The sunlight on the garden
Hardens and grows cold,
We cannot cage the minute
Within its nets of gold,
When all is told
We cannot beg for pardon.
Our freedom as free lances
Advances towards its end;
The earth compels, upon it
Sonnets and birds descend;
And soon, my friend,
We shall have no time for dances.
The sky was good for flying
Defying the church bells
And every evil iron
Siren and what it tells:
The earth compels,
We are dying, Egypt, dying
And not expecting pardon,
Hardened in heart anew,
But glad to have sat under
Thunder and rain with you,
And grateful too
For sunlight on the garden.
Mountain*7 - for the person with nothing better to do
The sunlight on the garden
Roger Deakin's shepherd's hut (image by Justin Partyka)
A couple of things have led me back to Roger Deakin of late - a trip to the soft hollows of Suffolk and tangentially a wedding gift of a book of his, and the re-reading of JA Baker's The Peregrine, a book which in many ways is a harsher, more obsessive version of Deakin's own slow drift into the fabric of nature.
In 2005, after the success of Waterlog and during the writing of his second book Wildwood (and only a short while before his death from a brain tumour in 2006), Deakin made two programmes for Radio 4. The premise for both was very simple - to make recordings in different areas of the land he owned in Suffolk, including the farmhouse which he'd rebuilt from a ruin. The results are remarkable, gentle records of his daily movements through the landscape: listening to the timber frame house creaking in a gale, the chatter of swallows in the chimney breast, a magpie on the roof of his shepherd's hut, Deakin swimming in the moat that bordered the property. The magic is in Deakin's inclusion in the landscape, his collusion with it. He does something so simple and so fundamental, you almost see past it: he makes himself at home in the world.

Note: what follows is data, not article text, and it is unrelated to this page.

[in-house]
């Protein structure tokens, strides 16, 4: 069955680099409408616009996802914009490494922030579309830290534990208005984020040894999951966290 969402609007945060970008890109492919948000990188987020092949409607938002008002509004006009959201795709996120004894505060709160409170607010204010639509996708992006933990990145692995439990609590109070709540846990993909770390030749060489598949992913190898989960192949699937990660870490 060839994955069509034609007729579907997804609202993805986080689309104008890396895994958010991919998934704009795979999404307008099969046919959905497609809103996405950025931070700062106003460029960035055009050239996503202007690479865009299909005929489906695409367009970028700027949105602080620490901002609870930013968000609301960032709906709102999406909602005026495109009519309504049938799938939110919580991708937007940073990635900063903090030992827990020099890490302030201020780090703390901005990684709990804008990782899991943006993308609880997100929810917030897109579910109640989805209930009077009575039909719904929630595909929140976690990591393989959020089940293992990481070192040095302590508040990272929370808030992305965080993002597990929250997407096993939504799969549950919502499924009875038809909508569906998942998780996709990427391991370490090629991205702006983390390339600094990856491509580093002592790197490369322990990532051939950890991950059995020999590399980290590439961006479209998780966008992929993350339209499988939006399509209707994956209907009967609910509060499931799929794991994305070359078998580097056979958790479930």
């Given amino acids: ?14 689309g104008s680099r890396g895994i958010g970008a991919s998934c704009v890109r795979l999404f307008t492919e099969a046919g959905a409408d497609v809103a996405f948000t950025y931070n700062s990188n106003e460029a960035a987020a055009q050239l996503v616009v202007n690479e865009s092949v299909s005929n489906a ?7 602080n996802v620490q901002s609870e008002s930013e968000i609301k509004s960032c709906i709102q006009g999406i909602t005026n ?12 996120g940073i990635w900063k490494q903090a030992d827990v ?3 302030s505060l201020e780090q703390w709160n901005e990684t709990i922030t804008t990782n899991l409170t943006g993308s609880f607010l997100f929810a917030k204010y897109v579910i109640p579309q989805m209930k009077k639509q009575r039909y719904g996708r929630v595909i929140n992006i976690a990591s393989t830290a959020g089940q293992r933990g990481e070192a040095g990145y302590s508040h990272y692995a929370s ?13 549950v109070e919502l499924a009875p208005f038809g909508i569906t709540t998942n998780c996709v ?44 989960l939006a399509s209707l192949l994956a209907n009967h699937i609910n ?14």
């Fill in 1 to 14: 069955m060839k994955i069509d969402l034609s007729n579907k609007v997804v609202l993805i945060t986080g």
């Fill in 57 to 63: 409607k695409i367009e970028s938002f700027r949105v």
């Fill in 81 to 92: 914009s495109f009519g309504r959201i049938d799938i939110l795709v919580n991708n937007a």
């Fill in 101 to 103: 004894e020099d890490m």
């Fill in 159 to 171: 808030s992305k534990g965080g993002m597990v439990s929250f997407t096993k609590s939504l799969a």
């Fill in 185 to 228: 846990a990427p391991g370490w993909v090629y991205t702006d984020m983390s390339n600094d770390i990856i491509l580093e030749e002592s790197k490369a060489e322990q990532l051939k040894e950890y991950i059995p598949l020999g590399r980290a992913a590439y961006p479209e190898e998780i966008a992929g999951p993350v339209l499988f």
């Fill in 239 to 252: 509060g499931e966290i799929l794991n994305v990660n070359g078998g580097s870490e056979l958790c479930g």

Download: Roger Deakin - The House
Download: Roger Deakin - The Garden
Artist: Scott Tuma
Album: Not For Nobody
As far back as Souled American, the Chicago ur-alt country band with whom he played guitar from the late 80s to mid 90s, Tuma was always looking to explore beyond the boundaries of a received sound. Souled American were a brew of the traditional, the psychedelic and plain odd– stretching what were ostensibly country and bluegrass songs by slowing the pace to a crawl and making the familiar seem eldritch and uncanny. Along with the unearthly twin vocals of Joe Adducci and Chris Grigoroff, Tuma’s guitar playing was central to this subtle shifting of the ground, and after he left to concentrate on his own work he continued on this path upwards and away from the traditional – all the while keeping it as a guide, a granular part of his voyages.
Read the rest of this review over at The Liminal.
scott tuma - not for nobody (album preview) by experimedia
This review first appeared at The Liminal.
I have always longed to be a part of the outward life, to be out there at the edge of things, to let the human taint wash away in emptiness and silence - JA Baker
Lawrence English has long consorted with weather and the environment when researching and creating his delicate and intricate music – be it the tonal shifts of the seasons on albums like A Colour for Autumn, or For Varying Degrees of Winter, or the more immediate concerns of the water-based field recordings for 2005’s Limnology; but with The Peregrine he has shifted this relationship slightly and in many ways taken on so much more. For with The Peregrine, not only does English face the unenviable task of reflecting on and recreating the immersion of another person’s experience of nature, but he has do so through the extraordinary refracting lens of JA Baker’s molten prose; and this sense of being twice abstracted from the source lends a strange power to English’s sonic homage and brings to life the books’ enigmatic beauty.